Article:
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Shaky Welcome for Caltech President

October 08, 1987|MARY LOU LOPER | Times Staff Writer

Caltech Associates welcomed the university's new president Thomas E. Everhart and his wife, Doris, at a lovely dinner in the campus Athenaeum. (Members give $40,000.) But, they had to apologize; the chimney on the Everharts' campus home cracked in the earthquake last Thursday.

Aptly, Nobel Laureate Murray Gell-Mann chose to speak on "Simplicity and Complexity in the Description of Nature." Dinner arrangers at the last moment also produced Kerry Sieh, geology professor and San Andreas Fault expert. "We should congratulate our forefathers because we would see 10,000 people dead today had not they decided it was worth their while and money to fabricate buildings that are earthquake-resistant," he said.

Provost Barclay Kamb, attending with wife Linda, revealed he uses heavy rubber bands on kitchen cabinets, and had dashed to the Sierra Madre Fault near his home looking for a change in a slope he has observed for some years. James Boyd recalled the 1925 Santa Barbara earthquake and that his bed moved across the room as he slept through. Others in the audience were Sharon Black, Barbara Royce, Henry Hilton, Theodore Hurwitz, Lew and Barbara Allen (he directs the Jet Propulsion Laboratory), Peggy Phelps, Ann Paul, Robert Henigson (Associates president) and wife Phyllis, and Hunt Holladay, great-grandson of Henry Huntington.

GOOD NEWS: Ruth Shannon, chairman of the Whittier College Performing Arts Center-to-be, had happily announced pre-quake that ground breaking for the edifice, planned for the corner of Philadelphia Street and Painter Avenue, would be Oct. 22. Good news: It still will be. Explained Jerry Laiblin, interim vice president, development: "It's a celebration the college and the town have been looking forward to for four years. Our big concern is that the turnout will be more than we expected, but that kind of concern is a joyous concern. . . ." At Boys and Girls Club of Whittier, severe damage to two gym walls estimated at $150,000 has closed the club temporarily. With good cause, then, the club's auction and gala dinner Saturday at the Anaheim Marriott will proceed, says executive director Ron Ferrari. "One way or another, knowing our directors, we'll raise the money. We might have to trade dollars now, and somewhere down the road put them back into the operating budget. . . ." When the initial quake hit, John Roberts was heading to the Sheraton Grande with flower arrangements. The hotel hurriedly advised Five Acres benefit co-chairs Carolyn Adams and Susan Rhoades that downtown was not the place to be, and they set about to head off 530 guests. They'll reschedule Mr. Blackwell's fashions.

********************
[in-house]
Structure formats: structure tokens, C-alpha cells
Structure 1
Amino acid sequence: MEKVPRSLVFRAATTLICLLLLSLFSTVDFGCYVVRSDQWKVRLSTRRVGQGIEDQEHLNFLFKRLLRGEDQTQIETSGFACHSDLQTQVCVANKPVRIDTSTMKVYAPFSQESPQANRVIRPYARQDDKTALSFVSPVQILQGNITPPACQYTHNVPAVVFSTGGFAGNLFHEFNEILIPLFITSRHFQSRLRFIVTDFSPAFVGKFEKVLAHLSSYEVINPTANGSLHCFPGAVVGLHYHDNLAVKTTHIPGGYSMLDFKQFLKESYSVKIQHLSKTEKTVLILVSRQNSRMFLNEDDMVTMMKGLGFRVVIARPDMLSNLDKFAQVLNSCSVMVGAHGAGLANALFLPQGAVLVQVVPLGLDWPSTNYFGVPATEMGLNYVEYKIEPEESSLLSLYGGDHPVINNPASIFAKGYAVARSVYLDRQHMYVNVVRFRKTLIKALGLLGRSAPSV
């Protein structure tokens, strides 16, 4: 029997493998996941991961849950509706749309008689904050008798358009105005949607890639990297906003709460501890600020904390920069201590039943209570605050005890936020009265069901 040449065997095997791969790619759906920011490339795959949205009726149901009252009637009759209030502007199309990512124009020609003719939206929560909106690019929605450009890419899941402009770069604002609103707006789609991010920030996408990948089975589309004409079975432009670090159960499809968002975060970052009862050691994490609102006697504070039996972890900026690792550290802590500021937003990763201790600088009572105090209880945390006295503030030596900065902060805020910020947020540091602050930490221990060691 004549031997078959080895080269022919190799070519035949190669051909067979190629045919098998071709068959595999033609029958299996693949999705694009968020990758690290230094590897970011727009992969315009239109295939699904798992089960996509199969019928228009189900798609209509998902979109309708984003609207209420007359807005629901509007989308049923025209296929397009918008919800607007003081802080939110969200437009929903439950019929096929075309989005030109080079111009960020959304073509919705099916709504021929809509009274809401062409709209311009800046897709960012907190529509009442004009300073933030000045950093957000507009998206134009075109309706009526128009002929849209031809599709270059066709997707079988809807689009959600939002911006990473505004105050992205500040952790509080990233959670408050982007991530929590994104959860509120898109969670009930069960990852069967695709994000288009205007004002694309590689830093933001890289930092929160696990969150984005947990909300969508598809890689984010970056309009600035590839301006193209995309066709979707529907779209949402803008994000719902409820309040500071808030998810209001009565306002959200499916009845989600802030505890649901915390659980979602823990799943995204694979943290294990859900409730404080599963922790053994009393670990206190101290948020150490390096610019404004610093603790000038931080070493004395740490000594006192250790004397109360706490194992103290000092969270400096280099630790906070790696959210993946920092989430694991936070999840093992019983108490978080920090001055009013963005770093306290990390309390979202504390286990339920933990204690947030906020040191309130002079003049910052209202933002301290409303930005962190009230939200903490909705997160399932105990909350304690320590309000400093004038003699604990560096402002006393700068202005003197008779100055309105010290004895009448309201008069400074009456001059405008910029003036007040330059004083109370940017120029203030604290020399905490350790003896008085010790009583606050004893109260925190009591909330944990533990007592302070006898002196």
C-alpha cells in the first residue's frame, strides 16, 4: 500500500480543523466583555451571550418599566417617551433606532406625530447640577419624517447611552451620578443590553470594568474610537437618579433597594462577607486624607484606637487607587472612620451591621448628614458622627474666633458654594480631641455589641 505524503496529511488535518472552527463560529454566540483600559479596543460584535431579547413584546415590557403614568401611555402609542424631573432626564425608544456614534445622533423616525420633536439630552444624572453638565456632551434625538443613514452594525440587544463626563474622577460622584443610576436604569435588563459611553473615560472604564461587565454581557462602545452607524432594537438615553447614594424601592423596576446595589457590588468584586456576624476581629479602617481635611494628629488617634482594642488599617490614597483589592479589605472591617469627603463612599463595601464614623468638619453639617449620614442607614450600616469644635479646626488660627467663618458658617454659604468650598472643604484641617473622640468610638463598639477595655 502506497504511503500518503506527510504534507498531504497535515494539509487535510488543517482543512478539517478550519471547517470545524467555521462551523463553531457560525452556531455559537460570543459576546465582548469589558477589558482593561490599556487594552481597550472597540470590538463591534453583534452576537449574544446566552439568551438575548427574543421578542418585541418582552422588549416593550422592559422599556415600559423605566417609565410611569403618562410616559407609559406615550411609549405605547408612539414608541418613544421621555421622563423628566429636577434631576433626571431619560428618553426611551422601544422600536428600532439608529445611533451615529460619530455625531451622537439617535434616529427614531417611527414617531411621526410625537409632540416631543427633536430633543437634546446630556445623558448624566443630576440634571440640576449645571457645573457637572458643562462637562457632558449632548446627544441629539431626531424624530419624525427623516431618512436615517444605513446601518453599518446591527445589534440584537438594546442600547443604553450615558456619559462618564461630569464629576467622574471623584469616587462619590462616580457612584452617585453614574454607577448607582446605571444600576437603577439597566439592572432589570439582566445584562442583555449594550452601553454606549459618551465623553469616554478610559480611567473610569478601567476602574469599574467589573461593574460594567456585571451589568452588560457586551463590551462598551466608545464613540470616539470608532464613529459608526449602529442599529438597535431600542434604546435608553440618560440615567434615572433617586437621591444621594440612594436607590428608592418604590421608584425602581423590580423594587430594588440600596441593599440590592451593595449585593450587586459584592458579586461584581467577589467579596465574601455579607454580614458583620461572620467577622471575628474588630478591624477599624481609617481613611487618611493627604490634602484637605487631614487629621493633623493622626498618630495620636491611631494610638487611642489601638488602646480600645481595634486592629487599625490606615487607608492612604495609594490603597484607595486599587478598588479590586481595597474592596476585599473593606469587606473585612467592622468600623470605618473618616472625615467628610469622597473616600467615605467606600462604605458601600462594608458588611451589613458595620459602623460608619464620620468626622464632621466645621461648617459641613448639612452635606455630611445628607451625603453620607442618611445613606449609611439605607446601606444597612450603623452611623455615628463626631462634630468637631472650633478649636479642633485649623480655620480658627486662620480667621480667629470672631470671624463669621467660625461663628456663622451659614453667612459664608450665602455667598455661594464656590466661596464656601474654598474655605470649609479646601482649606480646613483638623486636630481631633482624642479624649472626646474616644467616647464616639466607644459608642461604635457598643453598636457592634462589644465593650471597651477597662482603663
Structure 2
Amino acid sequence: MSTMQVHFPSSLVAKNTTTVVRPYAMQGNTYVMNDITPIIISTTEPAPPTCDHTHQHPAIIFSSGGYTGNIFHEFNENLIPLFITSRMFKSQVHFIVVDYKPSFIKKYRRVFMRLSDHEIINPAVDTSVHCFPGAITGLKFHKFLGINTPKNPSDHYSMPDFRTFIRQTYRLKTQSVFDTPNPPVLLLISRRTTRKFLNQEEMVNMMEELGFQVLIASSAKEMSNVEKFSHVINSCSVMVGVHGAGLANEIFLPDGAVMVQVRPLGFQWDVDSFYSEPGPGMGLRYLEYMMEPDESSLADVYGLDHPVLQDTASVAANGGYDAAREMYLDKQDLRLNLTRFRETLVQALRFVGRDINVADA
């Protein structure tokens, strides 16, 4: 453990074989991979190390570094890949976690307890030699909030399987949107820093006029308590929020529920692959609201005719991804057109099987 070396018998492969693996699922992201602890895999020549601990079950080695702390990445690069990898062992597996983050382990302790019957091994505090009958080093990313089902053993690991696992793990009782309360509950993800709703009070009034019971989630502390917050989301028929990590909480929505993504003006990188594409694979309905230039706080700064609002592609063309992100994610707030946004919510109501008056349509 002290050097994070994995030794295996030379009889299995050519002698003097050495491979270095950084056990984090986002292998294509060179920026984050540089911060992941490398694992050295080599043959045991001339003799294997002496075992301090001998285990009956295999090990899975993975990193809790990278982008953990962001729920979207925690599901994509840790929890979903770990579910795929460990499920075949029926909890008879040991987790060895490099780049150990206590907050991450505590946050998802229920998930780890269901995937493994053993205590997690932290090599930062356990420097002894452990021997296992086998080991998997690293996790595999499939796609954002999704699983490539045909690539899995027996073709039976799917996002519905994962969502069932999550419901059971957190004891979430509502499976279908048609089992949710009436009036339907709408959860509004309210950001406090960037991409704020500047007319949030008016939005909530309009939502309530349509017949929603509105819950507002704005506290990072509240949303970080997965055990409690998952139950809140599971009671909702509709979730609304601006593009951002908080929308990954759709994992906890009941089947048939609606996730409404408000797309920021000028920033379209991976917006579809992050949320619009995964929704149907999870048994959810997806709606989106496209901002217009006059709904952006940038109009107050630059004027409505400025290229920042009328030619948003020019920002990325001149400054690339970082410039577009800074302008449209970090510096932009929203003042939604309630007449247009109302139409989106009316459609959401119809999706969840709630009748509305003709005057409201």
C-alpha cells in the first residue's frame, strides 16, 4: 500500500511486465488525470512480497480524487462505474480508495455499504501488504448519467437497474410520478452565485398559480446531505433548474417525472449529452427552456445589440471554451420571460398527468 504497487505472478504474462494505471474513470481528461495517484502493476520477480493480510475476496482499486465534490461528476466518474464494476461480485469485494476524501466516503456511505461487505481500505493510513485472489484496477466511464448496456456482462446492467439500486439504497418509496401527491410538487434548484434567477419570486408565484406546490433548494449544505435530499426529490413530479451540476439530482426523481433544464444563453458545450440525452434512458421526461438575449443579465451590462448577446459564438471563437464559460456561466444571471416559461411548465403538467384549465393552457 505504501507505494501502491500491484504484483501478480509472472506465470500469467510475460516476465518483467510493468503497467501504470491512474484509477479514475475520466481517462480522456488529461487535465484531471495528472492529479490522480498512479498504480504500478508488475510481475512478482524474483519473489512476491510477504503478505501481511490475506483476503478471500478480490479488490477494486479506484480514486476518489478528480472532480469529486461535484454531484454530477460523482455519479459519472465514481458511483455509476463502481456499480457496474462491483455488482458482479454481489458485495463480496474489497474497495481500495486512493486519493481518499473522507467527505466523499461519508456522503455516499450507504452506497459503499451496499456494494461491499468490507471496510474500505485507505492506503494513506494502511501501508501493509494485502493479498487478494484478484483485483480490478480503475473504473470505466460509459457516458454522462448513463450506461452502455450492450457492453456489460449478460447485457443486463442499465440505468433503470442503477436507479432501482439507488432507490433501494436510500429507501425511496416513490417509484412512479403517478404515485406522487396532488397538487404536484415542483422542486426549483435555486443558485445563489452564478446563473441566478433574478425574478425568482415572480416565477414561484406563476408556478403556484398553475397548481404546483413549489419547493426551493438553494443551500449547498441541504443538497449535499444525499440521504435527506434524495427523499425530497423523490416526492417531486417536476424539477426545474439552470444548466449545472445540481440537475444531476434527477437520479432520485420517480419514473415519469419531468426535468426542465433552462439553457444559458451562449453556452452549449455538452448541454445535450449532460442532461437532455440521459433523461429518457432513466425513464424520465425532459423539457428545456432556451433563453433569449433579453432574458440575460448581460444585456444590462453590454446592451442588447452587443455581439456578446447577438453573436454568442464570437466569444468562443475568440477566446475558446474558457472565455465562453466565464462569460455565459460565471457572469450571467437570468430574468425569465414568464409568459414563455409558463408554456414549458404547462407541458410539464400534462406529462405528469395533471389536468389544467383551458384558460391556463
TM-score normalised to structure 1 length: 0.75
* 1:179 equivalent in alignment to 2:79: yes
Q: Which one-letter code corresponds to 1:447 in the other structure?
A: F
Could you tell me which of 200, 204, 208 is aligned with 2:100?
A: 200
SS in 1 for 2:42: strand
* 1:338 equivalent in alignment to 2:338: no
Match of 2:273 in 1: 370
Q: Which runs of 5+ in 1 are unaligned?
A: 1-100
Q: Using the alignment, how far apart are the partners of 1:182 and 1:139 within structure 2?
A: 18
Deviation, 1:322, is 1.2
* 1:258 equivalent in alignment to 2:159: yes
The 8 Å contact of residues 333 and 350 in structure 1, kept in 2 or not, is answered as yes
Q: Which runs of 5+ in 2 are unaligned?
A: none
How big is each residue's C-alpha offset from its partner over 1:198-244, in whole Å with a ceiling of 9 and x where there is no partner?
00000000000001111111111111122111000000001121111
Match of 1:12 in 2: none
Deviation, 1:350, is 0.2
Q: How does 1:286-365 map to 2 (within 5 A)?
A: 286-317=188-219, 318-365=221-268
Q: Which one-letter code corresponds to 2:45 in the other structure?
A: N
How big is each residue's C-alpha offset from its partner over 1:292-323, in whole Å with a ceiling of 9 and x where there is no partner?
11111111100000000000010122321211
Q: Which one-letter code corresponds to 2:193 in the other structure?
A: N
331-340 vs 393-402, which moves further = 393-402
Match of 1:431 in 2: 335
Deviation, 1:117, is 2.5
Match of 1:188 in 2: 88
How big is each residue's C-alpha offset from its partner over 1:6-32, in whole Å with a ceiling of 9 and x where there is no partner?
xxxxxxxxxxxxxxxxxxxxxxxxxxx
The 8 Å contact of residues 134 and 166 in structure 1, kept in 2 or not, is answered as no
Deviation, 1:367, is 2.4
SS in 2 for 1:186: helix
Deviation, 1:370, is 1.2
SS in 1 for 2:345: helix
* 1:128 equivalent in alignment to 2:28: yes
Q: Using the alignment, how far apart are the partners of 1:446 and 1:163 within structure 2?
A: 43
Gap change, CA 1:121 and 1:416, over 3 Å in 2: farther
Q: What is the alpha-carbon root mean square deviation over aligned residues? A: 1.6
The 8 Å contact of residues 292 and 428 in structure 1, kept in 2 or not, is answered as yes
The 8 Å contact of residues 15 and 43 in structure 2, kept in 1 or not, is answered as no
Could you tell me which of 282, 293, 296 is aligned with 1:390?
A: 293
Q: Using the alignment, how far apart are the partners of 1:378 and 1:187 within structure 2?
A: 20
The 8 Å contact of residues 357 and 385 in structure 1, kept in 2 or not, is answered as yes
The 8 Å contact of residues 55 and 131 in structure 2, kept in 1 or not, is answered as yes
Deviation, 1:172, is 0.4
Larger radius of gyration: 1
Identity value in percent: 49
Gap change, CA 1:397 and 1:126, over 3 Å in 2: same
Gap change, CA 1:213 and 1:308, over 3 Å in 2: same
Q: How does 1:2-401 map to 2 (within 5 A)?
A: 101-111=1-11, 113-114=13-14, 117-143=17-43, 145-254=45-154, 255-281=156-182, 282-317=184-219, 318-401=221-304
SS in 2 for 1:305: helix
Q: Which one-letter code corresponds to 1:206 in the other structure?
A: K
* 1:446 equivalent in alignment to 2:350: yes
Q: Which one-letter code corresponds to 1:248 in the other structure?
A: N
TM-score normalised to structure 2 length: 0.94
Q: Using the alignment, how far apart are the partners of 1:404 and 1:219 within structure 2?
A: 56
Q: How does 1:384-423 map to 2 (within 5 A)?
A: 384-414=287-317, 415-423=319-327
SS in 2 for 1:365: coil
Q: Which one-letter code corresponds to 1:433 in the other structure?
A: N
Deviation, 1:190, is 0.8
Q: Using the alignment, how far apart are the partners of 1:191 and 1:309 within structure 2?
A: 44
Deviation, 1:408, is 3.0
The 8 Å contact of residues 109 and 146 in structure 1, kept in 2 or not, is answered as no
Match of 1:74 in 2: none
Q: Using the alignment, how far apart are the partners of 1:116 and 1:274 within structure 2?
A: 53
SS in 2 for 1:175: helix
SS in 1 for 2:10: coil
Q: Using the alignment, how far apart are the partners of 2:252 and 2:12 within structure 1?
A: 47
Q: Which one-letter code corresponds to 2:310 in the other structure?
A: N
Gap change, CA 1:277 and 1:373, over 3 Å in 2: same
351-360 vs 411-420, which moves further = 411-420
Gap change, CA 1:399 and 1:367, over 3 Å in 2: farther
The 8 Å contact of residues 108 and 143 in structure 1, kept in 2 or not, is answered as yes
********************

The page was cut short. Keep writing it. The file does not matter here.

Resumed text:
FIFTY, NIFTY: Carolyn Fox's chums, bearing gifts, gathered at Citrus on Melrose to wish her a happy 50th before husband Jim had a chance to host his own dinner for her at the California Club.

PATRONS: Appreciation, in special ways, is usually showered upon those who donate in advance to charitable causes. The committee staging the upcoming Pasadena Public Library Foundation gala, set for Oct. 16 at the library and chaired by Terry Stanfill, honored major donors at a dinner party at the home of William and Dina Oldknow (patrons donate $1,000); and Wednesday evening the Costume Council of the Los Angeles County Museum of Art (Virginia Milner is patron chairman) sparkled black-tie at the dinner Nelly Llanos planned for patrons. With guests Count and Countess Frederic Chandon, patrons previewed the Hollywood and History of Costume Design in Film exhibition the council will open with another dazzler Dec. 16.

MAJOR MOVERS: Ruta Lee, chairman of Thalians, announces the ball Oct. 17 at the Century Plaza. . . . Center Theatre Group Volunteers honor new members at a traditional Japanese tea Wednesday at the home of Lois Howard. . . . Yvonne Fedderson and Sara O'Meara Sigholtz, co-founders of Childhelp U.S.A., were duo honorees Tuesday at Mary and Joseph League's Mardi Gras Bal Magnifique Royal Luncheon at the Beverly Hilton.

RHODES: That great cradle of learning, Oxford University, needs money. David Alexander, American secretary for Rhodes Scholarship Trust and Pomona College president, backed up by former Rhodes scholars like Frank Wells, hosted 105 at a Music Center luncheon to greet barrister Sir Patric Neill, university vice chancellor and warden of All Souls College. The visitor is scouting Americans for a worldwide campaign. The toasts were loyal and royal: "To the President . . . to Her Majesty, the Queen . . . to the university."

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